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Document Details :
Title: The Role of Non-Arabs, the Mawālī, in the early Development of Muslim Ḥadīth
Author(s): JUYNBOLL, G.H.A.
Journal: Le Muséon
Volume: 118 Issue: 3-4 Date: 2005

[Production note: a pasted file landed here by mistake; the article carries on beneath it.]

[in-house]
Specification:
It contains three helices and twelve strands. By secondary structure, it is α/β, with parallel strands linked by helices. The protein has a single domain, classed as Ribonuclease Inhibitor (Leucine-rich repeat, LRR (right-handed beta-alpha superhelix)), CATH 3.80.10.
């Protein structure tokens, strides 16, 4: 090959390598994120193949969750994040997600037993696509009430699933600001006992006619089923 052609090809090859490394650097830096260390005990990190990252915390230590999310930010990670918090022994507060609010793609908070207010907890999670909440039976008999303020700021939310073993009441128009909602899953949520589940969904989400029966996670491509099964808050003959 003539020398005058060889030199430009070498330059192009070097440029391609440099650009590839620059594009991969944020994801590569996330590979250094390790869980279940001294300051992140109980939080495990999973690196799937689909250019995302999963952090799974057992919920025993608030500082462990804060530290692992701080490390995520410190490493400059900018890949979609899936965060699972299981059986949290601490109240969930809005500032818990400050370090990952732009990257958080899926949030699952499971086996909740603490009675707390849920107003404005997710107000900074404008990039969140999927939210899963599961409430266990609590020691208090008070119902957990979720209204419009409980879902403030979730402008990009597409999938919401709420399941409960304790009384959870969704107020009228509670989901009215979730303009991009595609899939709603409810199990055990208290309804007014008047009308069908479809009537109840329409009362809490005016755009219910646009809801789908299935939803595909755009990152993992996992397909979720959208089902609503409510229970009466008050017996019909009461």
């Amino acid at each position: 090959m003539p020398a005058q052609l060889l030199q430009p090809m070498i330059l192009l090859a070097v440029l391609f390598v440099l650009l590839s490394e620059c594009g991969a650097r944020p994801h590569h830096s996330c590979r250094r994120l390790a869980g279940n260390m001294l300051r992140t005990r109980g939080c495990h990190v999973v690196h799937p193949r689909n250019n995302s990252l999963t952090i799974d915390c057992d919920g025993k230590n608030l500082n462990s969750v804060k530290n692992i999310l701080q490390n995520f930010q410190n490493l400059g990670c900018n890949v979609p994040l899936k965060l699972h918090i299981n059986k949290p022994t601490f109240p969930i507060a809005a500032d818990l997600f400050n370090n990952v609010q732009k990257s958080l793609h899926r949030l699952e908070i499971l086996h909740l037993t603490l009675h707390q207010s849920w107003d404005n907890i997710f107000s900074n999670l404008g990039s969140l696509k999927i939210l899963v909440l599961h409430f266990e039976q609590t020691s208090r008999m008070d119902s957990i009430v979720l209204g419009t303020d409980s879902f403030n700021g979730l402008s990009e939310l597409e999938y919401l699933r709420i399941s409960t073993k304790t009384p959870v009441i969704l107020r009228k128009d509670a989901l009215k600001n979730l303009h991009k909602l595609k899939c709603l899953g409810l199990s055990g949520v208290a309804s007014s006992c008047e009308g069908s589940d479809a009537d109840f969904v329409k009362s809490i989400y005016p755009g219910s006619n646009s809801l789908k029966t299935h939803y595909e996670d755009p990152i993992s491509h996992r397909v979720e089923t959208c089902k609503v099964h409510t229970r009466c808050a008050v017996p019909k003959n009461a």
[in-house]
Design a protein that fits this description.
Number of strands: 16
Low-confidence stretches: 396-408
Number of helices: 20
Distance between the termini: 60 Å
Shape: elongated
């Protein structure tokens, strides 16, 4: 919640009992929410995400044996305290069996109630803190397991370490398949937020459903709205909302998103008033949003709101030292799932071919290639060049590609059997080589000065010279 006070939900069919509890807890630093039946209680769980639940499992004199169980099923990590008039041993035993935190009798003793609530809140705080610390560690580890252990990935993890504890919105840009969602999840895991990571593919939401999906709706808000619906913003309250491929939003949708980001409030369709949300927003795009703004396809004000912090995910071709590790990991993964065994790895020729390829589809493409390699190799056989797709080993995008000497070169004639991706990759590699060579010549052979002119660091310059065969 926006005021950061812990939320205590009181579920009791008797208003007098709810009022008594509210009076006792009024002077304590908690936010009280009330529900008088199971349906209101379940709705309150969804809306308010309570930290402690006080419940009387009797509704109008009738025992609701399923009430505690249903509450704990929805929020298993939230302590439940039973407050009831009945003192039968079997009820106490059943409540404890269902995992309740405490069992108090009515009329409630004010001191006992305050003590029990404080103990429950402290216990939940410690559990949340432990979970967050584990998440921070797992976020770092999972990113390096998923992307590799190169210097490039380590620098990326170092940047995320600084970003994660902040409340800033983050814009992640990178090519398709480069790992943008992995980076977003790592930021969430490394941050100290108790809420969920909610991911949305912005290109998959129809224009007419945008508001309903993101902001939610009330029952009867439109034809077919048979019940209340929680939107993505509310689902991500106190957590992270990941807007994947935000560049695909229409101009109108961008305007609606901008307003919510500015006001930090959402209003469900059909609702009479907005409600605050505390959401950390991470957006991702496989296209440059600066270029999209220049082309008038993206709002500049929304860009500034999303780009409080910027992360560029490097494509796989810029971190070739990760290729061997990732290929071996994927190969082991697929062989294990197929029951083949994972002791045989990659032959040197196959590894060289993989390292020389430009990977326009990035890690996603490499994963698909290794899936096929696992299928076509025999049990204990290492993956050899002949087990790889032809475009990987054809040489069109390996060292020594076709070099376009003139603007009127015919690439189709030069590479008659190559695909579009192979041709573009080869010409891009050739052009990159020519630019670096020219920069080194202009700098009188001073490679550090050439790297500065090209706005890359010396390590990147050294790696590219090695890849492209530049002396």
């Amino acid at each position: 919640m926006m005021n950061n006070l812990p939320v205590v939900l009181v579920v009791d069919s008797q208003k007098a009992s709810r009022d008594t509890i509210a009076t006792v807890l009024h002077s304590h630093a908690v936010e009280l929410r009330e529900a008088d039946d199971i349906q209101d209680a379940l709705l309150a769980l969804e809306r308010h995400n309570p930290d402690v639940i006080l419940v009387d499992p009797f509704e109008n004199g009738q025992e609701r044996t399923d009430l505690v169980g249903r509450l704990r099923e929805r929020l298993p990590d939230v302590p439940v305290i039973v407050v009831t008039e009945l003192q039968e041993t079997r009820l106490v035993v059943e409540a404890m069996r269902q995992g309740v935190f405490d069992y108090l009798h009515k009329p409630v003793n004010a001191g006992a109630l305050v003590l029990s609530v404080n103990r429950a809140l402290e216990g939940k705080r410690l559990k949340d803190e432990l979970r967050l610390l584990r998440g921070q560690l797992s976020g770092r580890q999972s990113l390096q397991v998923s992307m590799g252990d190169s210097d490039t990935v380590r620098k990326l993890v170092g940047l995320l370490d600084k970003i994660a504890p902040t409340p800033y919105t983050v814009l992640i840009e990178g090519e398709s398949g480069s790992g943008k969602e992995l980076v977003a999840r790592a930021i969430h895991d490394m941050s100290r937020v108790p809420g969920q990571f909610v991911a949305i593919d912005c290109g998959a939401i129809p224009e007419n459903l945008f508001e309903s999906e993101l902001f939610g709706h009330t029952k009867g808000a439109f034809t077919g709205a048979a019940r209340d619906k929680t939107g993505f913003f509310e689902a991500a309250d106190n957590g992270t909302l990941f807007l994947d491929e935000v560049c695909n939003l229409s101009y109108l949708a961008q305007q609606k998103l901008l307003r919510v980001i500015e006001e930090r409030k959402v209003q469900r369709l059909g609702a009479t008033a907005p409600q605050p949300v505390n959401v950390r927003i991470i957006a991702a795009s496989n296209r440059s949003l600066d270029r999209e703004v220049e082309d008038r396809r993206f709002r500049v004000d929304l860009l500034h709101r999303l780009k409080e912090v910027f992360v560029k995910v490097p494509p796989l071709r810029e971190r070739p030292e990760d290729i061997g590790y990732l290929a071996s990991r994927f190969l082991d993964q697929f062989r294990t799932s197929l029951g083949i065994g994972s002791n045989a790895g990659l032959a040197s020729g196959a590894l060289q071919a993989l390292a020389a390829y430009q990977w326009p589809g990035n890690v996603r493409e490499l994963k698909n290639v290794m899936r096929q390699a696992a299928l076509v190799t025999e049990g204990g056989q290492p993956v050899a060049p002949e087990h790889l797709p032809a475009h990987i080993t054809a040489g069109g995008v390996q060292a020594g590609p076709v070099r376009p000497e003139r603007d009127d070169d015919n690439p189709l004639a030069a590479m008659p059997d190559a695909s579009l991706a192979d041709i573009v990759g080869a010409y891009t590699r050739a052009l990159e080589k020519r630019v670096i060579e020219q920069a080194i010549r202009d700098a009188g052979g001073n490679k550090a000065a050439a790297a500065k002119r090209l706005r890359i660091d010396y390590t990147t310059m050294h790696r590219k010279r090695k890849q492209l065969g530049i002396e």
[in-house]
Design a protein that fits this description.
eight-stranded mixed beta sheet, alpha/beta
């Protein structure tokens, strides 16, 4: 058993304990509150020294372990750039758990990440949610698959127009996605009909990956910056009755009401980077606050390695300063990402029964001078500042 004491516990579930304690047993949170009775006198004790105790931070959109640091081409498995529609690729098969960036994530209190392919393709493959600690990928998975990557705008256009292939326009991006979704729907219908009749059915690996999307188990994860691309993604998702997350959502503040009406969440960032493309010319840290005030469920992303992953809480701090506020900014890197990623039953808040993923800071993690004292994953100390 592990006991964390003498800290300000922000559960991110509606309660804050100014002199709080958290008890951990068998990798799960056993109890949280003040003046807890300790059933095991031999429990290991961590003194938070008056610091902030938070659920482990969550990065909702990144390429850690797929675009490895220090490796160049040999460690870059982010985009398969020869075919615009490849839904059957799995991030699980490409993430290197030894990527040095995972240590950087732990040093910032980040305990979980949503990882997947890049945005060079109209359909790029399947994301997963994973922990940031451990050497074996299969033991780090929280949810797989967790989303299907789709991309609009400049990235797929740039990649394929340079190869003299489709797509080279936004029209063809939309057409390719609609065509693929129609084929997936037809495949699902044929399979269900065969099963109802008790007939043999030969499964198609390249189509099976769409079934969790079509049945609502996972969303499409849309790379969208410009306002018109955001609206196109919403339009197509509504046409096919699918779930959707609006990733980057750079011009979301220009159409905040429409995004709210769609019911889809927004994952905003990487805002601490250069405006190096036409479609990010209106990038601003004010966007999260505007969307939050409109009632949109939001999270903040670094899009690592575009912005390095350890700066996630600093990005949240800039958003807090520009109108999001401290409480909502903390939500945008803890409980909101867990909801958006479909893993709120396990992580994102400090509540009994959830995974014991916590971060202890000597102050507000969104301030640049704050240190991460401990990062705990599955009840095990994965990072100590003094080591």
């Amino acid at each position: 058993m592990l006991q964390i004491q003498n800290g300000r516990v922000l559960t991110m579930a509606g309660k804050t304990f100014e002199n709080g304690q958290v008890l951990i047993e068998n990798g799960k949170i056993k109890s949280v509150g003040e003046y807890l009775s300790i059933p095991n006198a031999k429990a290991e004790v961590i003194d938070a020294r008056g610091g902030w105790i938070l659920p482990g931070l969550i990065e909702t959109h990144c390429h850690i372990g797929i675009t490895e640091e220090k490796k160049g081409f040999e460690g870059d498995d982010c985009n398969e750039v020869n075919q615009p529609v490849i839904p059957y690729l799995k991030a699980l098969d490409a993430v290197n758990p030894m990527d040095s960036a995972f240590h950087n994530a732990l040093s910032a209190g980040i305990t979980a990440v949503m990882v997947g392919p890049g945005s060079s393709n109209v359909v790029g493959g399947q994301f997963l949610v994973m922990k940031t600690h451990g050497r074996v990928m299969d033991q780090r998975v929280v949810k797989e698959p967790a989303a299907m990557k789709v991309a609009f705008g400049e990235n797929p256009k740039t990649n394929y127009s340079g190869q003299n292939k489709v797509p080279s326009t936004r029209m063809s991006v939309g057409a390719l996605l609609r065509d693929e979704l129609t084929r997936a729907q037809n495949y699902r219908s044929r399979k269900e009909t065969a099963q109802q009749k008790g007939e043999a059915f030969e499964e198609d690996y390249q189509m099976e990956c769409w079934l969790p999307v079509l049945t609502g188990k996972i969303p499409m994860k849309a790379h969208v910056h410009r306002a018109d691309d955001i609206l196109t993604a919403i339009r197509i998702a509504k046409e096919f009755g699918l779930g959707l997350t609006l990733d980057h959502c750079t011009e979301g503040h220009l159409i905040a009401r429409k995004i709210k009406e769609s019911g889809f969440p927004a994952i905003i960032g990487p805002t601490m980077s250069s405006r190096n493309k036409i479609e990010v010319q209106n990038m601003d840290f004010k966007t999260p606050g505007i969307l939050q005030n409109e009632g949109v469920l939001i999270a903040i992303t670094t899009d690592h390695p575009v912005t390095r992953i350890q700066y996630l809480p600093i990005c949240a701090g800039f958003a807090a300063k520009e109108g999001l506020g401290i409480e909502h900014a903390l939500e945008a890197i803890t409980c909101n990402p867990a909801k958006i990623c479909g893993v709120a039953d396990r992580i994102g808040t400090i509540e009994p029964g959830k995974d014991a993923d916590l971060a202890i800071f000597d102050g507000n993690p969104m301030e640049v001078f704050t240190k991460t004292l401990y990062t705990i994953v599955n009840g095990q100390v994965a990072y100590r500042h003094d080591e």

After the seventh and eighth century conquests, most members of the vanquished societies converted to Islam and hence became the clients (mawālī) of their Arab overlords, in fact soon vastly outnumbering these. Presumably in an attempt to learn to come to grips with their newly acquired religion, they appeared wholeheartedly to participate in transmitting and otherwise circulating Prophetic and other traditions (ḥadīths) which, as was the custom of the day, were provided with the current authenticating device of the isnād, the chain of transmitters. The paper constitutes an attempt at assessing the extent to which these non-Arabs have helped in shaping Islam into the religion it eventually became. This exercise at quantifying the mawālī's role in the development of Islam's second most holy literature genre showed up some perhaps not wholly unexpected results, but the extent to which the present research provides an overview might come as a surprise even to the initiated. In general, we observe how, on a gradually increasing scale, mawālī contributed to the foundation and evolution of ḥadīth science.